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Charlier Talks Nets, Globalization and How To Get Around the Cap


SportsPro Magazine is Britain's most prestigious sports business monthly. In Building the Bridge to Brooklyn, it  takes an extensive look at the Nets franchise, using copious quotes from CEO Brett Yormark and the team's French-born, US-educated, Russian-speaking chairman of the board, Christophe Charlier. 

In those quotes sprinkled throughout the lengthy article, Charlier lays out an aggressive strategy for the Nets on the court and on the balance sheet.  The 39-year-old Penn grad lays out how the Nets will front-load contract offers to get around the salary cap; how Deron Williams changes the franchise; how Barclays Center will improve the Nets' bottom line; Russia's team; the benefits Nets players will get from globalizing the brand; and what his role is.

"Fundamentally the desire is to win an NBA championship," he explained. "I'm tasked with actually making a business out of that desire."

On using front-loaded offers to get around restrictions on the salary cap:

"At the same time, there are things you can do in terms of salaries: you are allowed to make upfront payments, so you can front-load the salaries in cash, which is something that we're prepared to do to recruit the right players."

On Deron Williams:

"I think we surprised the world by getting him. He has more assists in his first three Nets games than any player in
their first three games for a new team in the history of the NBA. And that's quite telling. He's an amazing player. We hope through Deron we can show some other players that we're the team to play for."

On his role with the Nets:

"Fundamentally the desire is to win an NBA championship. I'm tasked with actually making a business out of that desire."

On how Brooklyn changes things from a bottom line:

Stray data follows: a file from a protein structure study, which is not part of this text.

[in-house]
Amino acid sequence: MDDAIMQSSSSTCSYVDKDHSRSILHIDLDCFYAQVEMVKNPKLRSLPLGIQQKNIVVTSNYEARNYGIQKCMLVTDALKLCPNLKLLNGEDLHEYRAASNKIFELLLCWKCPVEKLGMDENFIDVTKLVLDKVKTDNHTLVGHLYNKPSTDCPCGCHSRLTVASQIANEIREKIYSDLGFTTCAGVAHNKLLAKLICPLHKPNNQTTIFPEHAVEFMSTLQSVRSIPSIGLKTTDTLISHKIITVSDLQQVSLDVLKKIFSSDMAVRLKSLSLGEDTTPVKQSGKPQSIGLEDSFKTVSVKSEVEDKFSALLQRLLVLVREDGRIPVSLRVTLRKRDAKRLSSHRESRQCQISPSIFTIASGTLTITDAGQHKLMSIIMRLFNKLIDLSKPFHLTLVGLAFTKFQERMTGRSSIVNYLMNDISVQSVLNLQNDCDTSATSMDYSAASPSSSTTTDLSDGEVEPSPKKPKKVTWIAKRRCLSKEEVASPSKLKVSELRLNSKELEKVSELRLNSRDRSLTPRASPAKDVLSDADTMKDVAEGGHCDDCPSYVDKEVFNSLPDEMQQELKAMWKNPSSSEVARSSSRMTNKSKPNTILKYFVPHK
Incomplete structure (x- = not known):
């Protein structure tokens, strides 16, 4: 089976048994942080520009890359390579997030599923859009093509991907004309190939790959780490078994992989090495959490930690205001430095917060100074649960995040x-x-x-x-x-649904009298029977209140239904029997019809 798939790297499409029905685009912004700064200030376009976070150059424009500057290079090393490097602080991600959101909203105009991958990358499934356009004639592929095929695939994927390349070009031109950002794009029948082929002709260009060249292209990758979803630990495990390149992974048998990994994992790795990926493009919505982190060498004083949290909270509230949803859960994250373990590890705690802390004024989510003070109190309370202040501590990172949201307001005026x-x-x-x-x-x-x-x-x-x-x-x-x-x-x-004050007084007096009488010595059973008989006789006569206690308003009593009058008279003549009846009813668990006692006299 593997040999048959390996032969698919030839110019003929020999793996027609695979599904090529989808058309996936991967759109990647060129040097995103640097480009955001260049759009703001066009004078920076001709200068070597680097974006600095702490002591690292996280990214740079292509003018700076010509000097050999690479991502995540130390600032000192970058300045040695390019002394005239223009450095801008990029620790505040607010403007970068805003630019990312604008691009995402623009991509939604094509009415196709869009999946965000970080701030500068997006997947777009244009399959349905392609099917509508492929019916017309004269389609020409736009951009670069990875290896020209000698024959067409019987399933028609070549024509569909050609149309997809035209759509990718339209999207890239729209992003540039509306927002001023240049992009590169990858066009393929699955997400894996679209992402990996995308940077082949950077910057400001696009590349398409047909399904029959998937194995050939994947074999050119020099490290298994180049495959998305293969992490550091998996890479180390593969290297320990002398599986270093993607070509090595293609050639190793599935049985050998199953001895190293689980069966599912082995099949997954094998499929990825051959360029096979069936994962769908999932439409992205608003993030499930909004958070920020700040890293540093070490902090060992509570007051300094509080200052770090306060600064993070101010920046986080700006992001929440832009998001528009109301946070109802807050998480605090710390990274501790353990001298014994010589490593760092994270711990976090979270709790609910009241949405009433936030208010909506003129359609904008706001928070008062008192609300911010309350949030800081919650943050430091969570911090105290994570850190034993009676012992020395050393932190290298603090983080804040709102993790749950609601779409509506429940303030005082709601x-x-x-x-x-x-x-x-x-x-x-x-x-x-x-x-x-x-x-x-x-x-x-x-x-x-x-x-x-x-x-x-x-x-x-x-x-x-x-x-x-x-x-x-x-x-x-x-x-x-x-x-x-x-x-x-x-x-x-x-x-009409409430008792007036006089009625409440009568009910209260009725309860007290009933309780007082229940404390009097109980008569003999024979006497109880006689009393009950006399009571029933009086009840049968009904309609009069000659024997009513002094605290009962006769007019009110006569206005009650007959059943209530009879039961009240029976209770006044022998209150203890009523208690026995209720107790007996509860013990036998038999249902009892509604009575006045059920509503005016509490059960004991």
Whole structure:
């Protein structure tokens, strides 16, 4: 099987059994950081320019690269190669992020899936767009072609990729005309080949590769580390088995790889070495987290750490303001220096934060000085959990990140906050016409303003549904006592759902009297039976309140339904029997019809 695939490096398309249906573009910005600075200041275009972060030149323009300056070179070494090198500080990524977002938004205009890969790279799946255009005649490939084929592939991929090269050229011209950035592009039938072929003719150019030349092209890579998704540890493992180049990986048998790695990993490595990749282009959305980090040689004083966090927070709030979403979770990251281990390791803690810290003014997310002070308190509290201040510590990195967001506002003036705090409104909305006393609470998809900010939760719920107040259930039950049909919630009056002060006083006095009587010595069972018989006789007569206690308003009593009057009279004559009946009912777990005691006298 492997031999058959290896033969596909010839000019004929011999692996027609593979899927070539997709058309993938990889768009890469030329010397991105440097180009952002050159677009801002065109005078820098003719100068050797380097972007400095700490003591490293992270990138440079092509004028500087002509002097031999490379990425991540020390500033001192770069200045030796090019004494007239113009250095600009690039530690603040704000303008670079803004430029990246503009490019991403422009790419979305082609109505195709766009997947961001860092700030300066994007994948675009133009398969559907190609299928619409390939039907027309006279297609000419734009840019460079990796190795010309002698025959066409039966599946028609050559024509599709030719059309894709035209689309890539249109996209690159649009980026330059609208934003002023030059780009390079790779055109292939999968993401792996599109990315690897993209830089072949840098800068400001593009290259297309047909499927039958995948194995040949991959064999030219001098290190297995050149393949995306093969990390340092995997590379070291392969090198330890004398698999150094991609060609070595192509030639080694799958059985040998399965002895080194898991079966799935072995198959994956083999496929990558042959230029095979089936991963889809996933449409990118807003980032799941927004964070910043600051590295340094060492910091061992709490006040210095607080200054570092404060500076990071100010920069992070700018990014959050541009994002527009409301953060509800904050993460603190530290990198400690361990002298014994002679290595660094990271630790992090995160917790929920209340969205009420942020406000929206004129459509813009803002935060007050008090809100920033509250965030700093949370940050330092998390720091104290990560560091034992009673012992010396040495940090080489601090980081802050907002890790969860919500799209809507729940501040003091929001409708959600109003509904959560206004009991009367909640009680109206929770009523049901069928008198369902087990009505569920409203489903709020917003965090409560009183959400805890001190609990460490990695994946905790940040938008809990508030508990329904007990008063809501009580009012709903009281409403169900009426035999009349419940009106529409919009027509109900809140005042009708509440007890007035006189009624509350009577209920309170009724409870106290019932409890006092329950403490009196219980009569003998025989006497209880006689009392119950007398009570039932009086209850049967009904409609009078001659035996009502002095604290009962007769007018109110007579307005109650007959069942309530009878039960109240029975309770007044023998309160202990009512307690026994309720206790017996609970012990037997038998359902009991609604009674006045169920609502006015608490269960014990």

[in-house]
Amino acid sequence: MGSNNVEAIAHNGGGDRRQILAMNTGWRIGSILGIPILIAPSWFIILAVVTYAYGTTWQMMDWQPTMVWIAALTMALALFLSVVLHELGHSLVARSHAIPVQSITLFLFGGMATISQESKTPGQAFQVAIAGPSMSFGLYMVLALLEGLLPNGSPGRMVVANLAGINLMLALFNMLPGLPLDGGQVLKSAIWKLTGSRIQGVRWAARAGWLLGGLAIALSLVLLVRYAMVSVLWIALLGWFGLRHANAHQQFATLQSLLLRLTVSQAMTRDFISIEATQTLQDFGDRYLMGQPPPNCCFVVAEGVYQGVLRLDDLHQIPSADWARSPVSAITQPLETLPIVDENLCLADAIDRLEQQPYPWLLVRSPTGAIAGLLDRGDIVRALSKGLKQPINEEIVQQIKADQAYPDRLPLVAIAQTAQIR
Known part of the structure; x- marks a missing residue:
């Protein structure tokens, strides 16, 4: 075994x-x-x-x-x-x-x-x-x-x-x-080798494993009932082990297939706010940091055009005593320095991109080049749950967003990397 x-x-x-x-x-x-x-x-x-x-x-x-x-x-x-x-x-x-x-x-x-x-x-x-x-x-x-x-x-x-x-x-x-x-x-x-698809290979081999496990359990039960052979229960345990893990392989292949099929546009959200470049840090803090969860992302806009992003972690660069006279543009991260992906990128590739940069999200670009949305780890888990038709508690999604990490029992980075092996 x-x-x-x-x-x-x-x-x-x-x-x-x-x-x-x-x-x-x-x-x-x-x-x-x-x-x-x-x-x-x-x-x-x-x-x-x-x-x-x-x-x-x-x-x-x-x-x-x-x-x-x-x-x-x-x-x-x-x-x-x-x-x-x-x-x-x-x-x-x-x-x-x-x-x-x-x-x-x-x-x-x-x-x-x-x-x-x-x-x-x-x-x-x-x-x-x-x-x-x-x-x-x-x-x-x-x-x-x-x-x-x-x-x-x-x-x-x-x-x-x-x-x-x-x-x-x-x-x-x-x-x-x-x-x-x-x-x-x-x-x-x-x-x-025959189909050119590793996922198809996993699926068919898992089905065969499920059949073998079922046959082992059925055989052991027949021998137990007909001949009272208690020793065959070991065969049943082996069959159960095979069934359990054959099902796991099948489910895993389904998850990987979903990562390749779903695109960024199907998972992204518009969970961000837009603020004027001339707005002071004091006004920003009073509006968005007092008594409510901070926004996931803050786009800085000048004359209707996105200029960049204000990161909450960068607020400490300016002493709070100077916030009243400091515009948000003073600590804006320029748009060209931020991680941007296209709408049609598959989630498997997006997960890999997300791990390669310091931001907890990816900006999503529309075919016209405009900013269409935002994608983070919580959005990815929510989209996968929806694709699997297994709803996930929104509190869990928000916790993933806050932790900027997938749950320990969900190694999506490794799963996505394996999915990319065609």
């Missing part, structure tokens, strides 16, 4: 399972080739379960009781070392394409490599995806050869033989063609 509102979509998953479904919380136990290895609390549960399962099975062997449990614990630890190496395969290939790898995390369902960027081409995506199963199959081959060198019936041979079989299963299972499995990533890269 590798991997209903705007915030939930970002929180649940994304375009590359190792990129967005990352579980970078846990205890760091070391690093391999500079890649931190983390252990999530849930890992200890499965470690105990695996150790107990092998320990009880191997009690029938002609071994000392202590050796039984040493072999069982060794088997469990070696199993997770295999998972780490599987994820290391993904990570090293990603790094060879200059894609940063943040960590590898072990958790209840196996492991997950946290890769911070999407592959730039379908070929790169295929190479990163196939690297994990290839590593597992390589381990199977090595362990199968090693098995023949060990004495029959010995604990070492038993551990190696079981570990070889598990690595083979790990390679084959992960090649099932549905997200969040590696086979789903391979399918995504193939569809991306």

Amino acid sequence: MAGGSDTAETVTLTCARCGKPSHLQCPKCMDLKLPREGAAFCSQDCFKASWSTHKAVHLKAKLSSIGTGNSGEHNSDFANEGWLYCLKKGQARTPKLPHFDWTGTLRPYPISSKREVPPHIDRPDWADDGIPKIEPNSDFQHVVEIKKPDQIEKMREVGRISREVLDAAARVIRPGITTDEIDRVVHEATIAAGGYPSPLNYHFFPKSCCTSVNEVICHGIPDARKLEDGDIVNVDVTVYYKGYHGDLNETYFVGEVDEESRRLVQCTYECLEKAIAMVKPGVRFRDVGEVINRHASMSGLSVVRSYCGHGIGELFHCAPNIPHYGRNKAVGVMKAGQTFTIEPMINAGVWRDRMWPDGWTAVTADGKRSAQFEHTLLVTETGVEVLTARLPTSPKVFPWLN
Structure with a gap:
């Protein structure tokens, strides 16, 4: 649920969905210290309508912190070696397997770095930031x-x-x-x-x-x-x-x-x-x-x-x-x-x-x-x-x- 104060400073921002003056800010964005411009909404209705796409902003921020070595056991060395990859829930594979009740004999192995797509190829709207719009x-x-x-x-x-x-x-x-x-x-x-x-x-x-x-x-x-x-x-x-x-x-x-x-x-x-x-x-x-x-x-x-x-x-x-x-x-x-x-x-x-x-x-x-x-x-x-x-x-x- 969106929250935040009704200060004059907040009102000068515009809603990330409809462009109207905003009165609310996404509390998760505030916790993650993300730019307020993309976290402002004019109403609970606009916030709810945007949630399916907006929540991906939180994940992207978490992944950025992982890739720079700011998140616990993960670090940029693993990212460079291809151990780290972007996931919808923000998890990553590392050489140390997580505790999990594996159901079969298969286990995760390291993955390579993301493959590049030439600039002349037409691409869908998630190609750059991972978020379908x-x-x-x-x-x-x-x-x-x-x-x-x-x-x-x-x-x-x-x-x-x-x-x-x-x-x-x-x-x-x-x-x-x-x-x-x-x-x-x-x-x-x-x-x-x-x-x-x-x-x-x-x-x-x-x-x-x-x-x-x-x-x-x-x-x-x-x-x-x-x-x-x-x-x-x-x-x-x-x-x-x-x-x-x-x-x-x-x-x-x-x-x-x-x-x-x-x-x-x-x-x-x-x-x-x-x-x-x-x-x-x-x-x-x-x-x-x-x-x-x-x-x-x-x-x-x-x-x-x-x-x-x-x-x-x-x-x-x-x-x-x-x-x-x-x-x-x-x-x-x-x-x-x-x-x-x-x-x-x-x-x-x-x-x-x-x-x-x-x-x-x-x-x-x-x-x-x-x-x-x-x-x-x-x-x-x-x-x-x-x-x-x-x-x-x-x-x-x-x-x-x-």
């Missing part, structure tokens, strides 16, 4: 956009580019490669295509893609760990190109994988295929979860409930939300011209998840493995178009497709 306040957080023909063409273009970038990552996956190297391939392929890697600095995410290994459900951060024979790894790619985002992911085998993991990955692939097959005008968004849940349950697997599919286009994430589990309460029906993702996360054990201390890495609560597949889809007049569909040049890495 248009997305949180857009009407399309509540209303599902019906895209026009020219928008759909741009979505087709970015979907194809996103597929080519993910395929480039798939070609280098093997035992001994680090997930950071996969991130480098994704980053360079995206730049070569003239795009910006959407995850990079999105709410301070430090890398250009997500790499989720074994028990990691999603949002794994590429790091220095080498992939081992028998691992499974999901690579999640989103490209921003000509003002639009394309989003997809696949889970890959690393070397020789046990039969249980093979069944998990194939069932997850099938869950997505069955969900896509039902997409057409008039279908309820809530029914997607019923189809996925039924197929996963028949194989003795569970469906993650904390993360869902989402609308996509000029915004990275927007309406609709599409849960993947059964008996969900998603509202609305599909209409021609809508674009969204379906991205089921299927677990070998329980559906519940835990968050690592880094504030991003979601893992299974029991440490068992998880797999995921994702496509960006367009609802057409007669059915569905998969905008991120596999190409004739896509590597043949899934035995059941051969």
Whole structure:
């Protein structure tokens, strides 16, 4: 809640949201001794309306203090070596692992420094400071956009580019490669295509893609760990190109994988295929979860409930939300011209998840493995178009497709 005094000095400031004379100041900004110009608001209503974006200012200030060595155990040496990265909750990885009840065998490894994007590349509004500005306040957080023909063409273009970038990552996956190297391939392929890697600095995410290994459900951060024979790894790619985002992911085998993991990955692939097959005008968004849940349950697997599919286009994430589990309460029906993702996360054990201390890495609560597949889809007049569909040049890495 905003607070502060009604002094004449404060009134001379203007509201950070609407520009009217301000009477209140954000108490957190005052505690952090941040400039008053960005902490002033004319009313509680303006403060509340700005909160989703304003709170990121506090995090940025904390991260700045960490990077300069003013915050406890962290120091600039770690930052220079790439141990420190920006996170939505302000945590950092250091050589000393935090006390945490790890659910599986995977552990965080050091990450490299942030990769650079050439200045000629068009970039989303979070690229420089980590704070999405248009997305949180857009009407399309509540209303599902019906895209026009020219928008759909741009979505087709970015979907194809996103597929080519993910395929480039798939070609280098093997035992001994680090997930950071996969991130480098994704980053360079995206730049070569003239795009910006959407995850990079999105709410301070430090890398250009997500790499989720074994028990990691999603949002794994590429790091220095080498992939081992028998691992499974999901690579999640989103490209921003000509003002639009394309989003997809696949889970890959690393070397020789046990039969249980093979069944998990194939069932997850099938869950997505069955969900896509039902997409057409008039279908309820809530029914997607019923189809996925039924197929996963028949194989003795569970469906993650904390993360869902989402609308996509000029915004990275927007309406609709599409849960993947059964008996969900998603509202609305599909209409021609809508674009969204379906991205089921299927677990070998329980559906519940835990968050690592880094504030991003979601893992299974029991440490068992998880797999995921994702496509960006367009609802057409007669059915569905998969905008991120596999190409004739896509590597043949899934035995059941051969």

"Just from some of the discussions we had with the sponsors, for the same signage and for the same exposure, we can add multiples in terms of sponsorship fees. We expect that fans will also be prepared to pay more to see the team in Brooklyn and that applies across the board - local TV in New York included. There's value creation
from stepping in when no-one else believed in the project and immediate value creation from going to Brooklyn in the Barclays Center."

On Russia and the Nets:

"I think our aim is to make the Nets Russia's home team. But we're still in the early stages there. The Russian fan is a very knowledgeable fan in that you're not going to trick them into becoming a fan unless you're winning."

On the benefits players (and the Nets) get from globalization:

"Our view is that we need to differentiate ourselves from the other teams. There's a bit of scepticism still about what we're doing with the Nets, but the real idea behind the globalisation is to offer our players and our organisation a
much bigger stage than what any other team is currently focusing on.

"On any other team you play for, your fanbase is a city or, at most, a state, and in most cases not even a whole state. Not only are we Brooklyn; not only are we New York; but we want fans around the world to think of us as their team - that's why we brought the team to China, we brought the team to Russia and we brought the team here to London - and that creates for the players, well, jetlag, but it also creates some amazing sponsorship opportunities. They will be able to derive a lot of marketing benefits personally from having a much wider audience follow them, which we think while they're players is important, but more importantly when their career ends, they will have become a well known personality, worldwide brands in their own right. You look at someone like David Beckham, or you look at Anna Kournikova, who had success on the field and on the court, but certainly have much greater visibility and much greater revenue streams coming from their marketing arrangements - much, much more than their sporting performances.

"That's what we want to offer to our players.

"Don't get me wrong, we still want to win the championship, and quickly, but we want to offer our players a combination of winning and being marketable. Then you can become a Michael Schumacher or a Roger Federer and that's an amazing opportunity for a player."